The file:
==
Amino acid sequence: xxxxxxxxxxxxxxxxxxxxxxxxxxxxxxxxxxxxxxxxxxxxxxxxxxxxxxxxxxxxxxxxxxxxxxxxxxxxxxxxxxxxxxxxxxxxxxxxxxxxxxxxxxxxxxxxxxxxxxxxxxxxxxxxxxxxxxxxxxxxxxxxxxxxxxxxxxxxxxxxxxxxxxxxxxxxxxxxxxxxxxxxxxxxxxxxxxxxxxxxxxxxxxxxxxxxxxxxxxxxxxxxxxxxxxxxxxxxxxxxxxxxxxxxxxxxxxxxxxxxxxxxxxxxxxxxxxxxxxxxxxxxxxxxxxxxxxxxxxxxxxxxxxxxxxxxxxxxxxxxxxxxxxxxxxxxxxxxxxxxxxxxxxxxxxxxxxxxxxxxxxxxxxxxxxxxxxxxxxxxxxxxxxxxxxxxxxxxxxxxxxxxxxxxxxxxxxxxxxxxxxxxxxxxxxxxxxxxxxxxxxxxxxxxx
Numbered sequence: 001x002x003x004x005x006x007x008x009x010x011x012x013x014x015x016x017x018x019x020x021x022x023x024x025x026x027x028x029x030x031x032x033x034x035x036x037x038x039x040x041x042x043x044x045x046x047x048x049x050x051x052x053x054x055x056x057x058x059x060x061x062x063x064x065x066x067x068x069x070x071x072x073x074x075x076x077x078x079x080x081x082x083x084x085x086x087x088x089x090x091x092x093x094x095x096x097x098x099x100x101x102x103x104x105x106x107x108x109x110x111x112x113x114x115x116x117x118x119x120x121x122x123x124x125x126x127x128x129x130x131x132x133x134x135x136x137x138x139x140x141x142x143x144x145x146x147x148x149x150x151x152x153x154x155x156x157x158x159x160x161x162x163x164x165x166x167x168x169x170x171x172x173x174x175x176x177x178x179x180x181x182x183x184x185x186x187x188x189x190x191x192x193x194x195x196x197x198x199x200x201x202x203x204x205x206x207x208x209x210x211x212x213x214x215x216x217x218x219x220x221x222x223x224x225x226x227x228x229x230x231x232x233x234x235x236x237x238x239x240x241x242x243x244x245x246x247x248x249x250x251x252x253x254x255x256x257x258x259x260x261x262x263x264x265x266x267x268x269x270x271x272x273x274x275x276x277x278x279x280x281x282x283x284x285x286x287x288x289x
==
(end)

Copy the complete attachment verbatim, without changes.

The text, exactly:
Amino acid sequence: xxxxxxxxxxxxxxxxxxxxxxxxxxxxxxxxxxxxxxxxxxxxxxxxxxxxxxxxxxxxxxxxxxxxxxxxxxxxxxxxxxxxxxxxxxxxxxxxxxxxxxxxxxxxxxxxxxxxxxxxxxxxxxxxxxxxxxxxxxxxxxxxxxxxxxxxxxxxxxxxxxxxxxxxxxxxxxxxxxxxxxxxxxxxxxxxxxxxxxxxxxxxxxxxxxxxxxxxxxxxxxxxxxxxxxxxxxxxxxxxxxxxxxxxxxxxxxxxxxxxxxxxxxxxxxxxxxxxxxxxxxxxxxxxxxxxxxxxxxxxxxxxxxxxxxxxxxxxxxxxxxxxxxxxxxxxxxxxxxxxxxxxxxxxxxxxxxxxxxxxxxxxxxxxxxxxxxxxxxxxxxxxxxxxxxxxxxxxxxxxxxxxxxxxxxxxxxxxxxxxxxxxxxxxxxxxxxxxxxxxxxxxxxxxx
Numbered sequence: 001x002x003x004x005x006x007x008x009x010x011x012x013x014x015x016x017x018x019x020x021x022x023x024x025x026x027x028x029x030x031x032x033x034x035x036x037x038x039x040x041x042x043x044x045x046x047x048x049x050x051x052x053x054x055x056x057x058x059x060x061x062x063x064x065x066x067x068x069x070x071x072x073x074x075x076x077x078x079x080x081x082x083x084x085x086x087x088x089x090x091x092x093x094x095x096x097x098x099x100x101x102x103x104x105x106x107x108x109x110x111x112x113x114x115x116x117x118x119x120x121x122x123x124x125x126x127x128x129x130x131x132x133x134x135x136x137x138x139x140x141x142x143x144x145x146x147x148x149x150x151x152x153x154x155x156x157x158x159x160x161x162x163x164x165x166x167x168x169x170x171x172x173x174x175x176x177x178x179x180x181x182x183x184x185x186x187x188x189x190x191x192x193x194x195x196x197x198x199x200x201x202x203x204x205x206x207x208x209x210x211x212x213x214x215x216x217x218x219x220x221x222x223x224x225x226x227x228x229x230x231x232x233x234x235x236x237x238x239x240x241x242x243x244x245x246x247x248x249x250x251x252x253x254x255x256x257x258x259x260x261x262x263x264x265x266x267x268x269x270x271x272x273x274x275x276x277x278x279x280x281x282x283x284x285x286x287x288x289x